A Republican lawmaker is asking the Internal Revenue Service (IRS) why it hired a contractor to help with ObamaCare that was previously fired for its shoddy work on HealthCare.gov.
Rep. Peter Roskam (R-Ill.), who leads the Ways and Means subcommittee on Oversight, called on the IRS Friday to explain how CGI Federal was chosen and what work the company will perform.
"From an agency clamoring for more funding, this isn’t a confidence-inspiring use of resources," he said.
CGI Federal was responsible for constructing the back end of HealthCare.gov. The site debuted with massive technical problems in the fall of 2013 that threatened to ruin the healthcare law's first enrollment period.
In a series of congressional hearings, the company was excoriated by lawmakers.
The Obama administration decided to jettison its contract with CGI Federal in January of last year. Several states followed.
Roskam's letter follows outrage from the conservative media.
The agency is preparing for the chaos of the first tax season in which Americans will have to report their insurance status.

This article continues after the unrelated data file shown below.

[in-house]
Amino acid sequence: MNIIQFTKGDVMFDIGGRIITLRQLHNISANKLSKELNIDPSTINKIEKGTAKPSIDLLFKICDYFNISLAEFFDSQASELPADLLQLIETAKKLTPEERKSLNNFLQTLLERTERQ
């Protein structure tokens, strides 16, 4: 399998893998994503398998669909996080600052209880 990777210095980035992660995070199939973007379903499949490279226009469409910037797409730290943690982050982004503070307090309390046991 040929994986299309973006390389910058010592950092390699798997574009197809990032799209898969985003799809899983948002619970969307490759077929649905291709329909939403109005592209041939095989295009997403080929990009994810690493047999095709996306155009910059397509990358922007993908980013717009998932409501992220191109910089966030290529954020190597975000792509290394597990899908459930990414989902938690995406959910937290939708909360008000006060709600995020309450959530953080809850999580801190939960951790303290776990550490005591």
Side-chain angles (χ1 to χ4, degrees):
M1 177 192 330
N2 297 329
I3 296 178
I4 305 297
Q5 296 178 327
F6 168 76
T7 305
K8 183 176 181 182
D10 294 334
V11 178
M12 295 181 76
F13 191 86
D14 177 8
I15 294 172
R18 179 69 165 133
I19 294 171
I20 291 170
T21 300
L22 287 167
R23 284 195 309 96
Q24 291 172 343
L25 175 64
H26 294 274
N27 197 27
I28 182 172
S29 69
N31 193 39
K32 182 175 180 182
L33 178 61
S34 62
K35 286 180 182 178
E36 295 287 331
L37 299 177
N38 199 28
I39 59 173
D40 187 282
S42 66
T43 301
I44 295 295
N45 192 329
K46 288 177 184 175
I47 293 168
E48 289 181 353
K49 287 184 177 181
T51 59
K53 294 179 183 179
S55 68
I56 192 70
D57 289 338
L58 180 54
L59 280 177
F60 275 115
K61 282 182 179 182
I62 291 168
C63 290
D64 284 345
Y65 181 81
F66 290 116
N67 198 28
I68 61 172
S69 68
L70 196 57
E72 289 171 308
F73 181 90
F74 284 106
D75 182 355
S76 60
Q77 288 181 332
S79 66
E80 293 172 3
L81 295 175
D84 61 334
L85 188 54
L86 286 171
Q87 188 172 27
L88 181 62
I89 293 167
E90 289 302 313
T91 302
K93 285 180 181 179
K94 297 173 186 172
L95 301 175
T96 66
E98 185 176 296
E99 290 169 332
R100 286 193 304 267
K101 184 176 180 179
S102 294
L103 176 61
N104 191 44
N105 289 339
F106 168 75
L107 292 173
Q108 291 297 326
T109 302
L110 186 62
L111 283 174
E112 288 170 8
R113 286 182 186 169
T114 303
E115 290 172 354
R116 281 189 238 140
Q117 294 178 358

The contract is reportedly worth $4.46 million and expires on Aug. 15.
In his letter, Roskam asked IRS Commissioner John Koskinen to provide a series of documents describing the CGI Federal contract, as well as all communications leading up to the decision to hire the firm.
In a statement to The Hill, the IRS said it "closely monitors all of our work involving the health care initiative, including contractors."
"The IRS has worked with CGI Federal going back several years. They were part of a multi-year award made in 2011, and a subsequent five-year competitive task order was issued in August 2013," the agency added.
"The contract covers several things, including some projects relating to ACA. One of those involves helping integrate various work projects. It is important to note this contractor does not run or operate IRS.gov or the ACA web pages on the site.
"The IRS also notes that the awarding of contracts and decisions to extend contracts is based on documented facts and federal procurement rules," the agency continued. "We follow these federal acquisition requirements."
This story was updated at 6:09 p.m.